EL SEGUNDO, Calif. — Vinny Lecavalier intends to retire this summer, ending his 17-year NHL career after a revitalizing half-season with the Kings.
Lecavalier confirmed his long-stated plans Sunday as the Kings left their training complex. Their season ended Friday with a five-game loss to the Sharks in the first round of the playoffs.
"It's the same plan since I first got here a few months ago," Lecavalier said. "Obviously we didn't get to go where we wanted to go at the end of it, but to get a chance to play and to have fun and to learn is just a great time."
The 36-year-old forward scored 949 points and won the Stanley Cup in 2004 with the Lightning during a career that began with the Tampa Bay, which made him the No. 1 overall pick in the 1998 draft and named him its captain twice. After the Lightning bought out his contract in the summer of 2013, Lecavalier signed with the Flyers but struggled mightily. He eventually spent long stretches as a healthy scratch, and he decided to retire early in the season.
"Back in November, I was (thinking), 'I think I'm going to be stuck here,' " Lecavalier said.
Instead, he agreed to a trade in January to the Kings, who offered him playing time on a contending team. He had 10 goals and seven assists in 42 games while playing a valuable two-way role.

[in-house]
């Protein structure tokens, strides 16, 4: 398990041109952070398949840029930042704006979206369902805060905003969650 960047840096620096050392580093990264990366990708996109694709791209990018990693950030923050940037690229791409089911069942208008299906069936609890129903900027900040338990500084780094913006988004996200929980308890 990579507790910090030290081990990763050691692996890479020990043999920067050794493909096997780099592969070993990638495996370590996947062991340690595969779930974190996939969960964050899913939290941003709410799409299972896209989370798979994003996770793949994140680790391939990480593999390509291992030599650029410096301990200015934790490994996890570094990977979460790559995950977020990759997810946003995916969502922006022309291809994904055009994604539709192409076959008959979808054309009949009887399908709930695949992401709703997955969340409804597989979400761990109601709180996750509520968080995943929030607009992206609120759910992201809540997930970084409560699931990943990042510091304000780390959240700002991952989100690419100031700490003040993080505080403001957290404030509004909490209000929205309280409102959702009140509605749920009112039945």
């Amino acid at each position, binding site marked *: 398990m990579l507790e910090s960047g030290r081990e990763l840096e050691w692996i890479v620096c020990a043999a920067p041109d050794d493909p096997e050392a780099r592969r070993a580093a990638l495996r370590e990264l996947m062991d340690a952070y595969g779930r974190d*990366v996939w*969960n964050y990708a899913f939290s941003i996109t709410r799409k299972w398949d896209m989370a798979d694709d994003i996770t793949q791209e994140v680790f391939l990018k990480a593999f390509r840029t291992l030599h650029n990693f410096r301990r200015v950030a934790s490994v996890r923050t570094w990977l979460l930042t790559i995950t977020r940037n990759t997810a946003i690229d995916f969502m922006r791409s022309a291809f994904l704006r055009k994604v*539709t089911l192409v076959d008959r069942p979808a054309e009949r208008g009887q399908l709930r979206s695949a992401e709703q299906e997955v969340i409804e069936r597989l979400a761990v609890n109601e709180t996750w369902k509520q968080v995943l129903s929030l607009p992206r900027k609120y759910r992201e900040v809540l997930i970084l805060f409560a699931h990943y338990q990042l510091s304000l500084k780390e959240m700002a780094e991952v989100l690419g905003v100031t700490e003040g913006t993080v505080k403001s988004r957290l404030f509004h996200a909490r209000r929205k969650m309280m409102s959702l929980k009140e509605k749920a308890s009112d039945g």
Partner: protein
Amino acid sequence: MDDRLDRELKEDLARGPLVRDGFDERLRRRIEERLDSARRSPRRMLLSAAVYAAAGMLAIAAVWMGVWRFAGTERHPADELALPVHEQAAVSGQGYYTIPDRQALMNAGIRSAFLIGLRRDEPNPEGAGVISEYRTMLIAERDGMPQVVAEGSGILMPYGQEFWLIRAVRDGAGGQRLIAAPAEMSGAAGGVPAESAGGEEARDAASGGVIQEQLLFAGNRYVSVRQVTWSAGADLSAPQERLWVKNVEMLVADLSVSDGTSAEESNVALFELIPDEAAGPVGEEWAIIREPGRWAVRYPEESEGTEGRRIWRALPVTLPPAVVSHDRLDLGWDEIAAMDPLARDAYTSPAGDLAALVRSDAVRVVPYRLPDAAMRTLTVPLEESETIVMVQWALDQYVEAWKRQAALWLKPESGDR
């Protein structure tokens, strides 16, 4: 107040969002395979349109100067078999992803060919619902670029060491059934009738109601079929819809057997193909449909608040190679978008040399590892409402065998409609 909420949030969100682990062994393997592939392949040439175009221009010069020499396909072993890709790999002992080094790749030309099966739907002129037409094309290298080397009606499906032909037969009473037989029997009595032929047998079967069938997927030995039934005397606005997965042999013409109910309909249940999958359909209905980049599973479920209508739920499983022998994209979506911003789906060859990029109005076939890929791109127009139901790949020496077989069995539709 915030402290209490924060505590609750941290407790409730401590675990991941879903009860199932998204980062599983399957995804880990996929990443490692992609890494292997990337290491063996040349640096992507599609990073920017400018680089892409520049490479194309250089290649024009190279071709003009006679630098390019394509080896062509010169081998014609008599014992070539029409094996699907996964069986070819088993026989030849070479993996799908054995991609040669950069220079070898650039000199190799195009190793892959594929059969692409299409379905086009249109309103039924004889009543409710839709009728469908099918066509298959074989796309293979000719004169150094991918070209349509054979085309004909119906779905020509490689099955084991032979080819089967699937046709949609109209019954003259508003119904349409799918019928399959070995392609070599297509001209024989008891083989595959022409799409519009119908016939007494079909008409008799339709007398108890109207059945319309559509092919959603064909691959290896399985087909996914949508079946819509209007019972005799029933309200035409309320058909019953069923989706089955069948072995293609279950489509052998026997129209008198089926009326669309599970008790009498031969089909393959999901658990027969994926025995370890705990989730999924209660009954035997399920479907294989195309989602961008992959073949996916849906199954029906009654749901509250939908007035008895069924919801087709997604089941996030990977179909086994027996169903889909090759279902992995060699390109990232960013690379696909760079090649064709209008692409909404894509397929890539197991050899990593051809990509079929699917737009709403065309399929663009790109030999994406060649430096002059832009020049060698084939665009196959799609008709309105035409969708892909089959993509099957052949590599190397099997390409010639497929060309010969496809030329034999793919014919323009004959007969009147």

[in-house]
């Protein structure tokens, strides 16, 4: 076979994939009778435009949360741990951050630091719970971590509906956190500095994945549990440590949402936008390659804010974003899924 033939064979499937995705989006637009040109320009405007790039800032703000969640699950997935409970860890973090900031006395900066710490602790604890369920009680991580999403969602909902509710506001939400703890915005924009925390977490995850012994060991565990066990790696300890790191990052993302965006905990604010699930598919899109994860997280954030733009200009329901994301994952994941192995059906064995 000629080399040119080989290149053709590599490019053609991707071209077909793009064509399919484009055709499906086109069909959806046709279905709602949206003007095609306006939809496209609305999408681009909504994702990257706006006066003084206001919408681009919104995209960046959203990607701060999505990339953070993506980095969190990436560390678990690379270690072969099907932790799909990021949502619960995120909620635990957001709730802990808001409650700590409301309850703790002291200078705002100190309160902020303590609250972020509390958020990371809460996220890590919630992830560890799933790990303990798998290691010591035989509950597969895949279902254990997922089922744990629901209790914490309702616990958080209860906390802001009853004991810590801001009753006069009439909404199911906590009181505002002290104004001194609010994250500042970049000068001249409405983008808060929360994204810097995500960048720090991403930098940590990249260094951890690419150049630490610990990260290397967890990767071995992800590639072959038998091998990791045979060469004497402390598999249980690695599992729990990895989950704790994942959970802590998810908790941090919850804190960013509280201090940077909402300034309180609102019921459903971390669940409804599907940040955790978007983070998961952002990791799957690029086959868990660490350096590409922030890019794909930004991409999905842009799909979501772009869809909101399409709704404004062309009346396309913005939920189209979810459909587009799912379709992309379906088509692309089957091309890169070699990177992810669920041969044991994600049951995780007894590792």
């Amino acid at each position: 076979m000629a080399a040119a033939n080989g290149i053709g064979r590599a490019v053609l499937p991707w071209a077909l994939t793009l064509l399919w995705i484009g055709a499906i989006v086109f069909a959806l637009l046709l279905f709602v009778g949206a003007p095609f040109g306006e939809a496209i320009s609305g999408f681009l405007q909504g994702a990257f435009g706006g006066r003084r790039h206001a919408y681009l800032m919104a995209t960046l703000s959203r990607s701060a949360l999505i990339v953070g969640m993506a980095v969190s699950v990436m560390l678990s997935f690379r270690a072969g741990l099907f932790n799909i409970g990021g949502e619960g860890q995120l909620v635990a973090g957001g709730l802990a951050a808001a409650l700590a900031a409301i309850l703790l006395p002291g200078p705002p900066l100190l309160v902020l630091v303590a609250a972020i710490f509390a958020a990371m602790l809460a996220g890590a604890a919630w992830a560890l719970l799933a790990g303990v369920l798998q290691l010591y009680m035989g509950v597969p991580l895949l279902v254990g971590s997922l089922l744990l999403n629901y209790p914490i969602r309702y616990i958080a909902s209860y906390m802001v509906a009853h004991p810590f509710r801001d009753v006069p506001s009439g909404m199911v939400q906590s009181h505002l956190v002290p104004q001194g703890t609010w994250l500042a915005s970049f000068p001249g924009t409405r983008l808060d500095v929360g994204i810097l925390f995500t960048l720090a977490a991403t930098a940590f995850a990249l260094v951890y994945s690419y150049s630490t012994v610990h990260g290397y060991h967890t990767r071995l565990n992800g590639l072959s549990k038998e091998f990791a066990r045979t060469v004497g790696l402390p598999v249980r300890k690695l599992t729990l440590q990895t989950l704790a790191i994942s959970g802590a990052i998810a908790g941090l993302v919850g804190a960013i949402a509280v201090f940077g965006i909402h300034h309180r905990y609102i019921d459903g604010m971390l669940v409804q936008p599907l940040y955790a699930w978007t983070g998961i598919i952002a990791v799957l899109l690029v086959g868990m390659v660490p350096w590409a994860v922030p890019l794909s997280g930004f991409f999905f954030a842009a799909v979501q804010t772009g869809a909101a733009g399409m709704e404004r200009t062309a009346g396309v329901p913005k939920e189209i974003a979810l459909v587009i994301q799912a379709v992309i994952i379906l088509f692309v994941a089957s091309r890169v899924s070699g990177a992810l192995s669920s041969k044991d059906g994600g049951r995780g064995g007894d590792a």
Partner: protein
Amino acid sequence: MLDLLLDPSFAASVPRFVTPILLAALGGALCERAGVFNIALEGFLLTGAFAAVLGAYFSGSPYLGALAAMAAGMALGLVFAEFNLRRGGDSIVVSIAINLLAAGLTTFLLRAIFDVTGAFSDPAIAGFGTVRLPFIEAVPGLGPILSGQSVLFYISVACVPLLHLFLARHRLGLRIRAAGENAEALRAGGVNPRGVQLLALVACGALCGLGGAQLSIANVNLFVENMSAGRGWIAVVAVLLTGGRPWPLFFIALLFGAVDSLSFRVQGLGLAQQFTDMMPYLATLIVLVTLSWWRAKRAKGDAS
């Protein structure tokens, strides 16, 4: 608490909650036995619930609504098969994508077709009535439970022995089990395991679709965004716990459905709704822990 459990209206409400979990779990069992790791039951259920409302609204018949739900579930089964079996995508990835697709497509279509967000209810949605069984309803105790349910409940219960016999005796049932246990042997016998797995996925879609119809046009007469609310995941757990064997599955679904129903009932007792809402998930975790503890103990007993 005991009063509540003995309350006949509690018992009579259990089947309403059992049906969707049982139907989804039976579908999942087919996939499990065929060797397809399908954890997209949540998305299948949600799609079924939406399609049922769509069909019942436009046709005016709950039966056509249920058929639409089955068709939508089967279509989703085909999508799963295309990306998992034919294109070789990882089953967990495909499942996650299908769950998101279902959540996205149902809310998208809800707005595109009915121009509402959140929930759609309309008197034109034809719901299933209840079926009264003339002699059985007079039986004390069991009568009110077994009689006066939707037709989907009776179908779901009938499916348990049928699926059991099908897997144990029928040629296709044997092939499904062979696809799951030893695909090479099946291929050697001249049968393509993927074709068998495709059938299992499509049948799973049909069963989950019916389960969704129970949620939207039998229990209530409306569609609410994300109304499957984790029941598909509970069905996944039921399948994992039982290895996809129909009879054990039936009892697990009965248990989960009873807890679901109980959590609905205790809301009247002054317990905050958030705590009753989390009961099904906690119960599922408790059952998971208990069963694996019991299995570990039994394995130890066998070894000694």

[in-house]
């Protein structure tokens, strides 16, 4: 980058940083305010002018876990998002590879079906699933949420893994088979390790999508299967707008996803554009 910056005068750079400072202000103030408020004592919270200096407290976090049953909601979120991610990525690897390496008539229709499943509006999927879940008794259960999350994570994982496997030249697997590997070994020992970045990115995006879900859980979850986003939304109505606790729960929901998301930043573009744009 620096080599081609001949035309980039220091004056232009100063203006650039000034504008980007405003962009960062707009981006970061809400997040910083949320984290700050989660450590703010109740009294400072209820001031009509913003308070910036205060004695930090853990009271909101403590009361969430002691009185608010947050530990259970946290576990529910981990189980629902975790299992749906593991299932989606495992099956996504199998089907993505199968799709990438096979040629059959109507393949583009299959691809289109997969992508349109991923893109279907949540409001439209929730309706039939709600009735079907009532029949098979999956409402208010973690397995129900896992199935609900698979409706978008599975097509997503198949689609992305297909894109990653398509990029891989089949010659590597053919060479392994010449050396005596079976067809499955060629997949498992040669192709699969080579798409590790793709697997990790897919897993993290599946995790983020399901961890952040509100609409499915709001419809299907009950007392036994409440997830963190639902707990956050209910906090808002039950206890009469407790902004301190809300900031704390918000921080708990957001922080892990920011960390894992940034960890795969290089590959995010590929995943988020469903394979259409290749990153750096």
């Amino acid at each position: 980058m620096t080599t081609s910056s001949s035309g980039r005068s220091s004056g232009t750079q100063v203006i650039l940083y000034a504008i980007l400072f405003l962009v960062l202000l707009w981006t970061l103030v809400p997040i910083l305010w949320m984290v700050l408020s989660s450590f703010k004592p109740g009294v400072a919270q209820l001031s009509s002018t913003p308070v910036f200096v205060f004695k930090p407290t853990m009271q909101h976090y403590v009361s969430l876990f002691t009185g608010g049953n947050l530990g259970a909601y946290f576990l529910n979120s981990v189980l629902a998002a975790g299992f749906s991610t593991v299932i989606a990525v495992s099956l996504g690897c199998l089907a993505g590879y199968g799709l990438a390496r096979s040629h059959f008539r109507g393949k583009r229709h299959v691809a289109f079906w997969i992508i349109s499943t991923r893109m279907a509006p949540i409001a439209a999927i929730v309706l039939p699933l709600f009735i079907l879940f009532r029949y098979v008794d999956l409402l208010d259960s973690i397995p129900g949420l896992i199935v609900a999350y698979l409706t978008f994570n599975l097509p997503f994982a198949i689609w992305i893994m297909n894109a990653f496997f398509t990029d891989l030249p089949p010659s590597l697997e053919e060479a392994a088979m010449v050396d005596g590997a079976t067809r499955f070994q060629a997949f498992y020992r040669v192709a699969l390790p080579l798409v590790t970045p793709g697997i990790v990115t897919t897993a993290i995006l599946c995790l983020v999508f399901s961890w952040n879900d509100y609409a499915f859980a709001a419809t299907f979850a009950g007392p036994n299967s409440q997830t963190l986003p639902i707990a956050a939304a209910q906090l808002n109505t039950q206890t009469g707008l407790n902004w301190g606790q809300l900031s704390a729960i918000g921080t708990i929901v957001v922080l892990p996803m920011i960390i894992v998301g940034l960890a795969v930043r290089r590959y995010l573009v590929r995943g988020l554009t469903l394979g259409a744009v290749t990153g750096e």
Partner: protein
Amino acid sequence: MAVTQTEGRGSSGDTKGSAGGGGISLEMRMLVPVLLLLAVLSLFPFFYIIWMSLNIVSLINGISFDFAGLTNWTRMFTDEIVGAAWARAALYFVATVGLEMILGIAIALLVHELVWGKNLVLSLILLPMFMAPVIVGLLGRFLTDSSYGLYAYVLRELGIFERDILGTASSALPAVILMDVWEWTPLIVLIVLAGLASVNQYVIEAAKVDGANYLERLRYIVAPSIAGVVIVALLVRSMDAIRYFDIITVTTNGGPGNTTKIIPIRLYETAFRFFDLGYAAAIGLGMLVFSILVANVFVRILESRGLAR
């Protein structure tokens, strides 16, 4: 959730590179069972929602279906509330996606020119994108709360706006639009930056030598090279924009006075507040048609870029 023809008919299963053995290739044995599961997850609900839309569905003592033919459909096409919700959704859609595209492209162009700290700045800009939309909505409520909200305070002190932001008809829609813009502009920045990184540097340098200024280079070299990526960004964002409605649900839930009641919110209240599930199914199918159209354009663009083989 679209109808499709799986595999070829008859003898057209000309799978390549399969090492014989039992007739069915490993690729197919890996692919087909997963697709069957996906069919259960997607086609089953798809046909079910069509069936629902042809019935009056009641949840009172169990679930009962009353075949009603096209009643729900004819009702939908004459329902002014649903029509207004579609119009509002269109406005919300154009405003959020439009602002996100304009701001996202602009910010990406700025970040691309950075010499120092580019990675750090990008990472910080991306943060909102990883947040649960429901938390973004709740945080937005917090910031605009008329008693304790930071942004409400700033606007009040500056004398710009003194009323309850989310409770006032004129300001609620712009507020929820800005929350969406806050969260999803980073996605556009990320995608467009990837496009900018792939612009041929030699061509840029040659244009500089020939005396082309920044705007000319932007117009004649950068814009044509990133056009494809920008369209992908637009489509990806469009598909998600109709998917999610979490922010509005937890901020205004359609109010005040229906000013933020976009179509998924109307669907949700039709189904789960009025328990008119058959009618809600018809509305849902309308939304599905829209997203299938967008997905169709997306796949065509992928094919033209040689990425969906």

"I always had that confidence deep down that I could still do well, so it was great," Lecavalier said. "It was a great team, and I know they're going to win again, just by the way they act and by the leadership group and the talent they have."
He excelled as the Kings' third-line center, fitting in well with the veteran team's defense-first mind-set. But general manager Dean Lombardi said the Kings were able to fit Lecavalier under their salary cap only because of his plans to retire this summer, making a return next season problematic.
Lecavalier, a Montreal-area native, expects to settle back in Tampa with his wife, Caroline, and three young children, likely soon after his oldest child — Victoria, 5 — finishes the school year in Los Angeles. He has no firm plans beyond parenthood for life after hockey but is interested in boosting the sport in Florida.
"To be honest, there are probably 10 guys from when we won the Cup that are (in Tampa) now," he said. "I think they're growing the game … growing that youth hockey, and I think that's important.
"You've got to have good programs for the kids to get better, and they do a great job, and I'm obviously going to try to help in Tampa, for sure."
Lecavalier has another tie to the Tampa Bay area: He helped establish the Vincent Lecavalier Pediatric Cancer and Blood Disorders Center at Johns Hopkins All Children's Hospital in St. Petersburg with a $3 million commitment in 2007 through his charitable foundation.